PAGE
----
FireWorks is an educational program about the science of wildland fire, designed for students in grades 1-12. The program consists of a curriculum and a trunk of materials, including laboratory equipment, specimens, and kits of specialized materials for teachers.
FireWorks provides students with interactive, hands-on materials to study wildland fire. It is highly interdisciplinary and students learn about properties of matter, chemical and physical processes, ecosystem fluctuations and cycles, habitat and survival, and human interactions with ecosystems. Students using FireWorks ask questions, gather information, analyze and interpret it, and communicate their discoveries.
The FireWorks program consists of a curriculum and a trunk of materials, including laboratory equipment, specimens, and kits of specialized materials for educators. While many of the activities can be used in any ecosystem, many are applicable to specific regions. FireWorks has specialized curricula to learn about:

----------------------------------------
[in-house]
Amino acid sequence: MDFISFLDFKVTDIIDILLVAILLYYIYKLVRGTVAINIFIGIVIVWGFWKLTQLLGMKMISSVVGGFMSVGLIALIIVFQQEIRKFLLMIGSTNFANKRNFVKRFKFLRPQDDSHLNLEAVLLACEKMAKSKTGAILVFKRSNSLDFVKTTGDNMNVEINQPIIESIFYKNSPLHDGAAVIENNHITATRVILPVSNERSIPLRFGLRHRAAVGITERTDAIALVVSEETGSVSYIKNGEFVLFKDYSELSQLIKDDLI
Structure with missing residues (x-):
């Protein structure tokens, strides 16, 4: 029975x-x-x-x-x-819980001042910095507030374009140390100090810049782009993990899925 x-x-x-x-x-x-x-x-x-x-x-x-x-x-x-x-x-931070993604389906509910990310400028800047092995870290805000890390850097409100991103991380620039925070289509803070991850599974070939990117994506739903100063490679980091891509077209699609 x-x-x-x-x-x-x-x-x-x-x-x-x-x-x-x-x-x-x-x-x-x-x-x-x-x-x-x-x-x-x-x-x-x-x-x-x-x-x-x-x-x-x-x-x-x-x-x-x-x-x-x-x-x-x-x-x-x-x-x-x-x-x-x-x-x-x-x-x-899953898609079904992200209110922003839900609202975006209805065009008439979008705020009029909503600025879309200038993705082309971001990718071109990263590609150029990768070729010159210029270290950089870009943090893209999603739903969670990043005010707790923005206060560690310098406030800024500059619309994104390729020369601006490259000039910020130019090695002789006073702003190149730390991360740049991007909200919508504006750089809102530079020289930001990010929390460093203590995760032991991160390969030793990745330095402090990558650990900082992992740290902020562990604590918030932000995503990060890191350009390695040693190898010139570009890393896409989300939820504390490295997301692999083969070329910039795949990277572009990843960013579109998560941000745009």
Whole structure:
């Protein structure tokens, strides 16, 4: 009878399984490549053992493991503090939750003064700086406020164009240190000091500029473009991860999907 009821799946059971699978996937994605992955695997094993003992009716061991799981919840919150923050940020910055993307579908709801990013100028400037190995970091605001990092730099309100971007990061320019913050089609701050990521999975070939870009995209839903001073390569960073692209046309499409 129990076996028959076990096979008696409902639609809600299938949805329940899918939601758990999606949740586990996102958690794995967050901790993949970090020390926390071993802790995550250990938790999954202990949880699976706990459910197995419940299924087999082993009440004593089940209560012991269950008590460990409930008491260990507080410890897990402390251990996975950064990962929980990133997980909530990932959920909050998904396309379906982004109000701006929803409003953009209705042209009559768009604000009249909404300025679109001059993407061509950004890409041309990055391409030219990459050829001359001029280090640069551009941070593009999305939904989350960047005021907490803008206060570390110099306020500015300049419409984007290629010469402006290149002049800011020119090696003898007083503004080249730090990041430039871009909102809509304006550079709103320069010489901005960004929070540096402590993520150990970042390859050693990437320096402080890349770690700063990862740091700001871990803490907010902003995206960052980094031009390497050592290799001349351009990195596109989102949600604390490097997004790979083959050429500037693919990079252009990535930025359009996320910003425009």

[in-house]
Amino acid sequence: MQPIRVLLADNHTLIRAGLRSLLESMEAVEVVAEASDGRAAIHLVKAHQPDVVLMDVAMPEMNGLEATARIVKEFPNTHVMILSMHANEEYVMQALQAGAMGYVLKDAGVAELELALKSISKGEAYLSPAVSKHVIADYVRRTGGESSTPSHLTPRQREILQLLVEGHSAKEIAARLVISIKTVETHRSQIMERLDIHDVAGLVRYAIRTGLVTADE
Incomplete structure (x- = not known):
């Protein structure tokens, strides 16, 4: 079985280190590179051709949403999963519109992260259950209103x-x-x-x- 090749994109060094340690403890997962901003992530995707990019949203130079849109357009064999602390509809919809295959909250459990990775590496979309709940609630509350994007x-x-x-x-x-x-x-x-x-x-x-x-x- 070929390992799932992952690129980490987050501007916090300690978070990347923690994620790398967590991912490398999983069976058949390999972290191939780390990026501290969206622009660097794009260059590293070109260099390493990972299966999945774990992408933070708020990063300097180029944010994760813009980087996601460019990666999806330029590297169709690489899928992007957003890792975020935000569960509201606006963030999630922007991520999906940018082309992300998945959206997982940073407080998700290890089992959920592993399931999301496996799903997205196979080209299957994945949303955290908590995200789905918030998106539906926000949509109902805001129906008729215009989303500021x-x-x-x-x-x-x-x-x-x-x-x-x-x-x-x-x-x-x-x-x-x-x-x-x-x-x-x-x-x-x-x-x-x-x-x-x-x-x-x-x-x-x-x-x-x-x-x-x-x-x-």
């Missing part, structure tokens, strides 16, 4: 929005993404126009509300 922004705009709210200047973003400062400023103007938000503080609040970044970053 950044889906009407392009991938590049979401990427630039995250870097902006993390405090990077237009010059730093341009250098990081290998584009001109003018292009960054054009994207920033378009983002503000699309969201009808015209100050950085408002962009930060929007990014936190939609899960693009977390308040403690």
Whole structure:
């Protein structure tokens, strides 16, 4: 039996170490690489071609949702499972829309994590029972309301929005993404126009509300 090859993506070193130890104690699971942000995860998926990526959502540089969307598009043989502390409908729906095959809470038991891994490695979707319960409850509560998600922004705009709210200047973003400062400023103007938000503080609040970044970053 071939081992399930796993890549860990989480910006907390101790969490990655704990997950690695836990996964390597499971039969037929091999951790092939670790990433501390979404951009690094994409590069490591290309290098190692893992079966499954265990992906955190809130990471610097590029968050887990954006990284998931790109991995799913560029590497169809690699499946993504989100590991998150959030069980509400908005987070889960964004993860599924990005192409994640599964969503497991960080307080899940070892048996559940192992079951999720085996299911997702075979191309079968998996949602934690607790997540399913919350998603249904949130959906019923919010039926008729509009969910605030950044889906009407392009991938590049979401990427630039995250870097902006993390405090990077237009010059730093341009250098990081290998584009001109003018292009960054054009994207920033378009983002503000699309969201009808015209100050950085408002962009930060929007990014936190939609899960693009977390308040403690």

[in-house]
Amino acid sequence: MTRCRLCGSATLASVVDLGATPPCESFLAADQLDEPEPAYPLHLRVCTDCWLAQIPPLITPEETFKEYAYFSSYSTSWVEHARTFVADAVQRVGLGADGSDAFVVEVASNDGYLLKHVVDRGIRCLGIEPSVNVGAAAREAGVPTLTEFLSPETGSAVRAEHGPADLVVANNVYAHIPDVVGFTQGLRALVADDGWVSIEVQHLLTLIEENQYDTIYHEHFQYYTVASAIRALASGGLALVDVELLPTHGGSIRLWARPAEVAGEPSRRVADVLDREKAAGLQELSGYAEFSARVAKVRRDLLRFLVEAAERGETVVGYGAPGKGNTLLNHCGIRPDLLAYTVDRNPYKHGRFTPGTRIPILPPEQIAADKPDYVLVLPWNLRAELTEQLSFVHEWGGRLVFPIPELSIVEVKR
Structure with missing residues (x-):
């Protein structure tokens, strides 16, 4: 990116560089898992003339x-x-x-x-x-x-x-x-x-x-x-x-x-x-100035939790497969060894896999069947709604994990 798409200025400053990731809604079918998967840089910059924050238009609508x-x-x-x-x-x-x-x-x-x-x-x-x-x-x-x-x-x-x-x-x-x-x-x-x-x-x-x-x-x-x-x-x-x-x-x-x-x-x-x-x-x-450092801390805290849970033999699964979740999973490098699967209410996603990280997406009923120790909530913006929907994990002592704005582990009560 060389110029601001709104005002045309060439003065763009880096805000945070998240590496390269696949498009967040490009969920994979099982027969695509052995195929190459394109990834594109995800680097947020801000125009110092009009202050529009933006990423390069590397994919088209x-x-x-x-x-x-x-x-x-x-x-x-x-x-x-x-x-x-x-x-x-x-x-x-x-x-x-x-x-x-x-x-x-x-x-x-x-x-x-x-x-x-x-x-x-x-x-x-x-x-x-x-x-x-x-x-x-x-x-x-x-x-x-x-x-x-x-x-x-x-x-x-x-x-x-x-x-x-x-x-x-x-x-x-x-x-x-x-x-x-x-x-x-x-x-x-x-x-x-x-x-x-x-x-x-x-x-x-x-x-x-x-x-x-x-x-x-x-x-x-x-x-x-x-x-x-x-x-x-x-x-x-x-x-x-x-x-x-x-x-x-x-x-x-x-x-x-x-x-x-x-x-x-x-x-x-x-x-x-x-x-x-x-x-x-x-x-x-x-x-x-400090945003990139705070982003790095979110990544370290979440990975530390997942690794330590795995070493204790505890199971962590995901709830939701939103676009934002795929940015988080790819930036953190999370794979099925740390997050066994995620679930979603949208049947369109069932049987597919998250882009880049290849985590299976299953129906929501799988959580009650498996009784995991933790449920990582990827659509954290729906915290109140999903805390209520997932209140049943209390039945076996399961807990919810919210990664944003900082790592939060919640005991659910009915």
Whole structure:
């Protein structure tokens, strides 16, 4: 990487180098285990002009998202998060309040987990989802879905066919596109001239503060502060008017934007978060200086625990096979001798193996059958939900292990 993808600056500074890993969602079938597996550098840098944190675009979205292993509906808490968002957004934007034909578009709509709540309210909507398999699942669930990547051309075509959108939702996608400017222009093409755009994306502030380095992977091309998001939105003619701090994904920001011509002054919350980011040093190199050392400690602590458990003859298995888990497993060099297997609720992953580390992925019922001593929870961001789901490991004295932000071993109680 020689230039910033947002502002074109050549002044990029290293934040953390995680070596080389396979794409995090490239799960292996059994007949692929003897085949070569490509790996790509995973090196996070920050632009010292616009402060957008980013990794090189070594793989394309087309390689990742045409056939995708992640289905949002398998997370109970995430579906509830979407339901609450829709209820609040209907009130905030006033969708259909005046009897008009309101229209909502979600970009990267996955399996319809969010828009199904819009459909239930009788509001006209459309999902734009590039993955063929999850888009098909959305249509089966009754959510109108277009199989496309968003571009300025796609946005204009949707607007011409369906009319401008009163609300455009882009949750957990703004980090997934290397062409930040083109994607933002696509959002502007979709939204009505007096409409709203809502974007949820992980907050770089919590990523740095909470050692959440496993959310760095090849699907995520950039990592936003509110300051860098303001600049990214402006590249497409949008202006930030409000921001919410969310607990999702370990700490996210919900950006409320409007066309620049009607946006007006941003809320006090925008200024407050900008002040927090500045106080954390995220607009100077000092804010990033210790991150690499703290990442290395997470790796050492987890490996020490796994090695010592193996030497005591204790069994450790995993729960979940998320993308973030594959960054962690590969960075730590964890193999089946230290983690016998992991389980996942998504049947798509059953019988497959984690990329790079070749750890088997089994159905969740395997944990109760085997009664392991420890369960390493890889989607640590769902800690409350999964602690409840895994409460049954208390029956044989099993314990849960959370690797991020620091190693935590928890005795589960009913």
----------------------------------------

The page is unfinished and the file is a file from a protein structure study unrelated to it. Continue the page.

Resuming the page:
To increase student understanding:
To enhance scientific literacy and critical thinking about science-related social issues among students, FireWorks aims to increase student skills in:
Full curricula, as well as information on how to borrow FireWorks trunks, are available on the FireWorks website.
Educator workshops are offered each year to teach educators, community leaders, and agency communicators how to use FireWorks. Two research projects have shown that FireWorks increases student and adult understanding of wildland fire (see FireWorks: Hands-on Education).